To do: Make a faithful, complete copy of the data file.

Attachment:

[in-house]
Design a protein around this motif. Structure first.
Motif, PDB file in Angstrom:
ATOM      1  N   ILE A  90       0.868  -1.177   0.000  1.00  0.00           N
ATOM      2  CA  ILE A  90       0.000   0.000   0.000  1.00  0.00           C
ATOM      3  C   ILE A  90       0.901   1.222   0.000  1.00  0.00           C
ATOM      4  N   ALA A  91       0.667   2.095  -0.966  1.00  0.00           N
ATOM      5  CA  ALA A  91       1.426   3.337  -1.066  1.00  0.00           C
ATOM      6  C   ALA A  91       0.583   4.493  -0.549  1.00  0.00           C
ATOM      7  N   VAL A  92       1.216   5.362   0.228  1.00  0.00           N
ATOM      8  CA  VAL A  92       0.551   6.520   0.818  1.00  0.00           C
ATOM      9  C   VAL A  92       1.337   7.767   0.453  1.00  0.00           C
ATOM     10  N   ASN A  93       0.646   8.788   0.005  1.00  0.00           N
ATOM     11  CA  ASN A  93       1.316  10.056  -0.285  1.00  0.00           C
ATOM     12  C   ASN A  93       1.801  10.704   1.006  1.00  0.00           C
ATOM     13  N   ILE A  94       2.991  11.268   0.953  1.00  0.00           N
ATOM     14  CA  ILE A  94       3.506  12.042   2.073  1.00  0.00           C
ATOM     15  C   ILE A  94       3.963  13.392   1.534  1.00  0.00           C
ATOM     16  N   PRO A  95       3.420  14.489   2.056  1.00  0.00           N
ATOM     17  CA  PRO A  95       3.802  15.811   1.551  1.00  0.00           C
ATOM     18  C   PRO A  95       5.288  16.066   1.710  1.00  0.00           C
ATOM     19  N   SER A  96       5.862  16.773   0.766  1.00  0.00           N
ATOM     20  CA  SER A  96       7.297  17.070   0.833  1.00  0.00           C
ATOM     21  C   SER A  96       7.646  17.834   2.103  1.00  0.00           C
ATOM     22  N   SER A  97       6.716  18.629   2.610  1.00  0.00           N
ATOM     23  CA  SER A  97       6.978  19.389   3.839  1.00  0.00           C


[in-house]
Design a protein around this motif. Structure first.
Motif, PDB file in Angstrom:
ATOM      1  N   ILE A  90       0.868  -1.177   0.000  1.00  0.00           N
ATOM      2  CA  ILE A  90       0.000   0.000   0.000  1.00  0.00           C
ATOM      3  C   ILE A  90       0.901   1.222   0.000  1.00  0.00           C
ATOM      4  N   ALA A  91       0.667   2.095  -0.966  1.00  0.00           N
ATOM      5  CA  ALA A  91       1.426   3.337  -1.066  1.00  0.00           C
ATOM      6  C   ALA A  91       0.583   4.493  -0.549  1.00  0.00           C
ATOM      7  N   VAL A  92       1.216   5.362   0.228  1.00  0.00           N
ATOM      8  CA  VAL A  92       0.551   6.520   0.818  1.00  0.00           C
ATOM      9  C   VAL A  92       1.337   7.767   0.453  1.00  0.00           C
ATOM     10  N   ASN A  93       0.646   8.788   0.005  1.00  0.00           N
ATOM     11  CA  ASN A  93       1.316  10.056  -0.285  1.00  0.00           C
ATOM     12  C   ASN A  93       1.801  10.704   1.006  1.00  0.00           C
ATOM     13  N   ILE A  94       2.991  11.268   0.953  1.00  0.00           N
ATOM     14  CA  ILE A  94       3.506  12.042   2.073  1.00  0.00           C
ATOM     15  C   ILE A  94       3.963  13.392   1.534  1.00  0.00           C
ATOM     16  N   PRO A  95       3.420  14.489   2.056  1.00  0.00           N
ATOM     17  CA  PRO A  95       3.802  15.811   1.551  1.00  0.00           C
ATOM     18  C   PRO A  95       5.288  16.066   1.710  1.00  0.00           C
ATOM     19  N   SER A  96       5.862  16.773   0.766  1.00  0.00           N
ATOM     20  CA  SER A  96       7.297  17.070   0.833  1.00  0.00           C
ATOM     21  C   SER A  96       7.646  17.834   2.103  1.00  0.00           C
ATOM     22  N   SER A  97       6.716  18.629   2.610  1.00  0.00           N
ATOM     23  CA  SER A  97       6.978  19.389   3.839  1.00  0.00           C